A seller of rock salt provides an idea of costs when wishing to procure some for home or city wide use. It may be a country with a high need can produce its own supply, such as Canada. Here in Scotland, where there can be a reasonably high need in winter, there are companies who provide rock salt who compete for contracts with local councils. Here is an example in the UK.

It is about time we phased out the use of rock salt. I realise the loss of income to some economies will be a problem, but it is like supplying arsenic to kill ourselves.

People are trying to address the problem. Read here for example:

Why You Should Consider Using Rock Salt Alternatives

It’s true that millions of tons of rock salt are used each year, but that doesn’t mean that it should be the first item you reach for when looking for a way to improve safety around your home or business.

There are many other products that are even faster acting and more efficient at breaking down snow and ice than traditional rock salt. Because they work so quickly, less of the material is actually needed, leaving less of a footprint on the environment and saving you money.

Even when these other options are combined with rock salt you will be making a positive impact.

But these alternatives have problems all of their own. States in America are trying to find alternatives as the understanding of the disastrous use of rock salt is made apparent on a daily basis.

North America is trying here, but we are a long way from a world wide solution.

Few cities anywhere in the country have as challenging a confluence of winter conditions as Duluth, where steep hills, heavy snowfalls and lake-effect wind and moisture test road maintenance crews.

The Minnesota Department of Transportation has been experimenting with potassium acetate as an alternative to road salt on some of the area’s most heavily used bridges, tunnels and traffic routes near downtown Duluth.

Chris Cheney, maintenance operations superintendent for the department’s Duluth district, said the chemical has shown some promise. It’s better at melting ice in cold temperatures, he said. Salt isn’t effective at melting ice when the temperature falls below about 15 degrees.

Potassium acetate is a liquid solution and costs about three times as much as road salt, Cheney said. But crews are using much less of it than they do road salt, so the cost ends up being about the same, he said.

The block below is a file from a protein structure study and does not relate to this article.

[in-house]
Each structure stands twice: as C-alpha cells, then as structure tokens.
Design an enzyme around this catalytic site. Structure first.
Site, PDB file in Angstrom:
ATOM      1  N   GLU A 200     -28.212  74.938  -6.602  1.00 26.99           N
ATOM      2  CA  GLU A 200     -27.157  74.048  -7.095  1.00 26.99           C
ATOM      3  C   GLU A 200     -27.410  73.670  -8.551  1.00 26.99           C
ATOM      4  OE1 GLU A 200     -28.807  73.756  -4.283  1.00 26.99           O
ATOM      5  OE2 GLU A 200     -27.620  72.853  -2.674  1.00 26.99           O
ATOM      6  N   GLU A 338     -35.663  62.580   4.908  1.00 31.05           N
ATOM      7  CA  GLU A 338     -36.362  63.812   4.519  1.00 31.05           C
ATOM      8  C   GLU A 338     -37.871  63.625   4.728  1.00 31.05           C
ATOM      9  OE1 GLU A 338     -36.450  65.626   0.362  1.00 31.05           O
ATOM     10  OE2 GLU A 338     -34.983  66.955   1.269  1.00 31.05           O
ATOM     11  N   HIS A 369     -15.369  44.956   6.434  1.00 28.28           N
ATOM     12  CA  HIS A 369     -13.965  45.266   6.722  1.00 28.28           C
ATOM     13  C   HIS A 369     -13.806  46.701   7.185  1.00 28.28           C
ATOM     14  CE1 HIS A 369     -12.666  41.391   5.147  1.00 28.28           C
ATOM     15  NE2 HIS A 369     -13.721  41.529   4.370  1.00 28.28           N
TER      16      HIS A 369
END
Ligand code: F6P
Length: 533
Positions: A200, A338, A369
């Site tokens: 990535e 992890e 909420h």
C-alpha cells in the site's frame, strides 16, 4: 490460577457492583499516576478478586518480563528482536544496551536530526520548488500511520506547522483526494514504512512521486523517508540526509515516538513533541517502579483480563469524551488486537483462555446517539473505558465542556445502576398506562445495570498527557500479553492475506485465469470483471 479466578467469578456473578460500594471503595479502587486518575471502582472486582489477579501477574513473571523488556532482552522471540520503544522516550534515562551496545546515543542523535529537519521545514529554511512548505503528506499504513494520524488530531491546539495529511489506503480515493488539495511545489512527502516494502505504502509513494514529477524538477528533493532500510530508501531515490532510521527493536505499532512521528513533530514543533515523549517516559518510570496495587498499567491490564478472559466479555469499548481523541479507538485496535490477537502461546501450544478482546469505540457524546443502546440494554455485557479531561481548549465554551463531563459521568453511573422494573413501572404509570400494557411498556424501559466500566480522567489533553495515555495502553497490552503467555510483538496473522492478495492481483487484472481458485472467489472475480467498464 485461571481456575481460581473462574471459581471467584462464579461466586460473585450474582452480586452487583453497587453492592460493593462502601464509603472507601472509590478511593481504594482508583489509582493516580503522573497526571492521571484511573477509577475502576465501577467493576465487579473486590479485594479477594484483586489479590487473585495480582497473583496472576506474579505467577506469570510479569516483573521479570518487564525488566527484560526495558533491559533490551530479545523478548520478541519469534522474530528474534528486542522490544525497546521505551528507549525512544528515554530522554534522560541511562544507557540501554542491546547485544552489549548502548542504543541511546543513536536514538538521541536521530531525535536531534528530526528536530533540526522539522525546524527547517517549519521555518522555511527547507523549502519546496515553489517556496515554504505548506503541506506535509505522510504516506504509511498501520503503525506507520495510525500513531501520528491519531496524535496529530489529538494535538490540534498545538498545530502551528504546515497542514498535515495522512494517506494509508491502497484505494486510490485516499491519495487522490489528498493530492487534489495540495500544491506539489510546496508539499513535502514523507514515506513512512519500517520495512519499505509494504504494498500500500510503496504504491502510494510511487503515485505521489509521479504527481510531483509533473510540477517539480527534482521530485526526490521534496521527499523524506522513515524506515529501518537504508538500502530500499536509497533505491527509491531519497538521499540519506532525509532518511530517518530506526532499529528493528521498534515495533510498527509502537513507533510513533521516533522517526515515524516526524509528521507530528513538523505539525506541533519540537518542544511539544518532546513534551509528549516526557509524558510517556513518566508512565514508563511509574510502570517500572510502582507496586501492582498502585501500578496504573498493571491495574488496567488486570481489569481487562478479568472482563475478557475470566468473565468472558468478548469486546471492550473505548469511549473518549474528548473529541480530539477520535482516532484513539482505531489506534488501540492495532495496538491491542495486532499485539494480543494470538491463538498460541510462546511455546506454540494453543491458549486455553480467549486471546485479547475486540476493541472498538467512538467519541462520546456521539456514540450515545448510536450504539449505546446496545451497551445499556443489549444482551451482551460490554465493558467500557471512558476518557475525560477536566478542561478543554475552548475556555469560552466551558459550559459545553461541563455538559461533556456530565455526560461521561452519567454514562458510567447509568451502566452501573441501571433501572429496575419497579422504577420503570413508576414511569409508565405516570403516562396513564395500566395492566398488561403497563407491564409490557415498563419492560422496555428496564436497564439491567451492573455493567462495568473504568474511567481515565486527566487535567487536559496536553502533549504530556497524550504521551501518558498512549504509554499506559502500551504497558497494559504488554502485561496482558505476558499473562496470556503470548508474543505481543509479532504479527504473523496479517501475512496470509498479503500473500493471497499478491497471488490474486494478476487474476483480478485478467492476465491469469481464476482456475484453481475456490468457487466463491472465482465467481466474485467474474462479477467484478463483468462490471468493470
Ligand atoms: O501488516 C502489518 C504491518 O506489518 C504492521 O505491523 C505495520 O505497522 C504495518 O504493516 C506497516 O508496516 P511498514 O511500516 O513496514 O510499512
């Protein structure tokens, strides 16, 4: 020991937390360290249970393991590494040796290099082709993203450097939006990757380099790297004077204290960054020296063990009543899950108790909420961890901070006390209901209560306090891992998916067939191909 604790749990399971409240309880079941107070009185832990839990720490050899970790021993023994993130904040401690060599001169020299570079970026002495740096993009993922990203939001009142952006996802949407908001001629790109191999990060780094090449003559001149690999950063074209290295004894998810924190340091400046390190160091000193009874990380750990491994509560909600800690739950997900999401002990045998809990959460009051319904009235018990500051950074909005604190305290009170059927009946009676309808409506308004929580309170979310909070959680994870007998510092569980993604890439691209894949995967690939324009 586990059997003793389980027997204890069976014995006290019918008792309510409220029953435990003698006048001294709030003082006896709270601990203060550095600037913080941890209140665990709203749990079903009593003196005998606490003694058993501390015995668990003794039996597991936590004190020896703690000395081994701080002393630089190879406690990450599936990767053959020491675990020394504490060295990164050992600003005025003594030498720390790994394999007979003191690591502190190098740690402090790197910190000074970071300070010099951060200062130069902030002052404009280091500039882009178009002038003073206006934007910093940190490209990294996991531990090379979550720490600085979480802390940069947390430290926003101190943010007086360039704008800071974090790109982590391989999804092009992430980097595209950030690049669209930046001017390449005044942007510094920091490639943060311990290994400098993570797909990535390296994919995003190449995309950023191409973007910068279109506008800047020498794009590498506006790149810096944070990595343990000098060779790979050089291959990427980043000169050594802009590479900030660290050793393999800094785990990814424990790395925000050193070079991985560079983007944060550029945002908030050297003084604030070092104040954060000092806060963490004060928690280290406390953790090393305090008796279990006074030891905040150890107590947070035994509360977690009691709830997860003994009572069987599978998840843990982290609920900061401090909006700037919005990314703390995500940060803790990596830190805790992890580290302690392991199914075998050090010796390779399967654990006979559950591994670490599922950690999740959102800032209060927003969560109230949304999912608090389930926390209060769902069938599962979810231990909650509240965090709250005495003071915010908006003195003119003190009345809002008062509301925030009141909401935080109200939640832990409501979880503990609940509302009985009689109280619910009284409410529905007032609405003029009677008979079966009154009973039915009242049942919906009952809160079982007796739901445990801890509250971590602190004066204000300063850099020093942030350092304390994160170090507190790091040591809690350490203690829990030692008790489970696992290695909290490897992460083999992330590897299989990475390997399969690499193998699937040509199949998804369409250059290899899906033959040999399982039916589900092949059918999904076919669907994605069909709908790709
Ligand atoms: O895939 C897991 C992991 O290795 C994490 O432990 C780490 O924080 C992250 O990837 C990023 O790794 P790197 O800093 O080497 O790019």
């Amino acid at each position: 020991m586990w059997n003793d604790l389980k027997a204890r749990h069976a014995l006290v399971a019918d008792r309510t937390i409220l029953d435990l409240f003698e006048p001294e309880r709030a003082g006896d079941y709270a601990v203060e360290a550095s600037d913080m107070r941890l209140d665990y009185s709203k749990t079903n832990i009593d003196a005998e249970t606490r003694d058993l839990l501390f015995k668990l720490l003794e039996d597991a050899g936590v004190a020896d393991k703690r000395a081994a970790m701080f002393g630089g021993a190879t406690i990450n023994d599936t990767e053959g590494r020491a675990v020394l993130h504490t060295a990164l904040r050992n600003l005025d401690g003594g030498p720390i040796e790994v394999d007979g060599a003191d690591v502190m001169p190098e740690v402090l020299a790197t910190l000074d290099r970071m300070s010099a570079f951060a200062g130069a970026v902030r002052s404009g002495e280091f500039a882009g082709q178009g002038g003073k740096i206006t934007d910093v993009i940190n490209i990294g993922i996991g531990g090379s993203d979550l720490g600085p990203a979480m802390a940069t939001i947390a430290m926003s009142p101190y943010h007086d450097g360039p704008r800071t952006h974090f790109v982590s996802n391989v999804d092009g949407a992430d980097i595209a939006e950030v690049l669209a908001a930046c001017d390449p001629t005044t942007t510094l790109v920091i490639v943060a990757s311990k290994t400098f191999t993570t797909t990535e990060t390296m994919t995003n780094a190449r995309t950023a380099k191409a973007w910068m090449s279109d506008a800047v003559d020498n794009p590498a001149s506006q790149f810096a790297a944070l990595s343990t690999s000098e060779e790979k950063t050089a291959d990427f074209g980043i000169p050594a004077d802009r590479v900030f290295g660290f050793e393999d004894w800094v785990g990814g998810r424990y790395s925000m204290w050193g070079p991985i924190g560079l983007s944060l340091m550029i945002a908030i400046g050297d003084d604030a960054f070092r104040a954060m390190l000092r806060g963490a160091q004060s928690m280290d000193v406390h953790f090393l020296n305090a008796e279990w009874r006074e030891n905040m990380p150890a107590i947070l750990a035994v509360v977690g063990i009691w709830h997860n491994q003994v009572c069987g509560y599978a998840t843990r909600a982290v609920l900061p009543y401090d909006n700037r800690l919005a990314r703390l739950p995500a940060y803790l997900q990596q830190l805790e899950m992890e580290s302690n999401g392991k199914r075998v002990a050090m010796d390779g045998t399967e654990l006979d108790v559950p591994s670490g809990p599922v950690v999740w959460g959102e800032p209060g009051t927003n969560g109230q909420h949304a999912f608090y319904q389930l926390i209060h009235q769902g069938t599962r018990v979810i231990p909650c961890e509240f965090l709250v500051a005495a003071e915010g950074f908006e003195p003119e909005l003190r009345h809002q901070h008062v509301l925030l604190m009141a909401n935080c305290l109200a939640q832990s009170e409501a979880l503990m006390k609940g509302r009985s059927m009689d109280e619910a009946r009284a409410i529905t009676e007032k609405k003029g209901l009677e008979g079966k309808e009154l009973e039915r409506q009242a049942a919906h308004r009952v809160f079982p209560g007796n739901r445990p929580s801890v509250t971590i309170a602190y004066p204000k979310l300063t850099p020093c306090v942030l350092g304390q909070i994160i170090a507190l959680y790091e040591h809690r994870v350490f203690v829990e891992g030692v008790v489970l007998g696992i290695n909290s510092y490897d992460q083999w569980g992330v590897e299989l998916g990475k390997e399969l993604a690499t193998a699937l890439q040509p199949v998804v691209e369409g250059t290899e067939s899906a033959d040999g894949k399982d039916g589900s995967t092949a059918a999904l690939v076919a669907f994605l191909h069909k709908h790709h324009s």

The environmental impacts of potassium acetate are still unclear. Unlike chloride, the chemical eventually breaks down in the environment, Asleson said, but lab tests have shown it’s toxic to aquatic insects. She said more research is needed.

Connie Fortin, a consultant who trains maintenance crews on smart salting techniques, said there’s no “silver-bullet” de-icer that will replace road salt.

“I think our biggest savings will be in just waste reduction,” Fortin said. “So don’t overapply. Apply it so that it stays on the road.”

We spend billions landing the Rover on Mars, but we cannot allocate appropriate amounts to this urgent problem which has been highlighted by the Flint unfolding story.

About borderslynn

Retired, living in the Scottish Borders after living most of my life in cities in England. I can now indulge my interest in all aspects of living close to nature in a wild landscape. I live on what was once the Iapetus Ocean which took millions of years to travel from the Southern Hemisphere to here in the Northern Hemisphere. That set me thinking and questioning and seeking answers. In 1998 I co-wrote Millennium Countdown (US)/ A Business Guide to the Year 2000 (UK) see https://www.abebooks.co.uk/products/isbn/9780749427917
This entry was posted in anthropocene and tagged , , , , , , , , . Bookmark the permalink.

Leave a Reply

Please log in using one of these methods to post your comment:

WordPress.com Logo

You are commenting using your WordPress.com account. Log Out /  Change )

Facebook photo

You are commenting using your Facebook account. Log Out /  Change )

Connecting to %s

This site uses Akismet to reduce spam. Learn how your comment data is processed.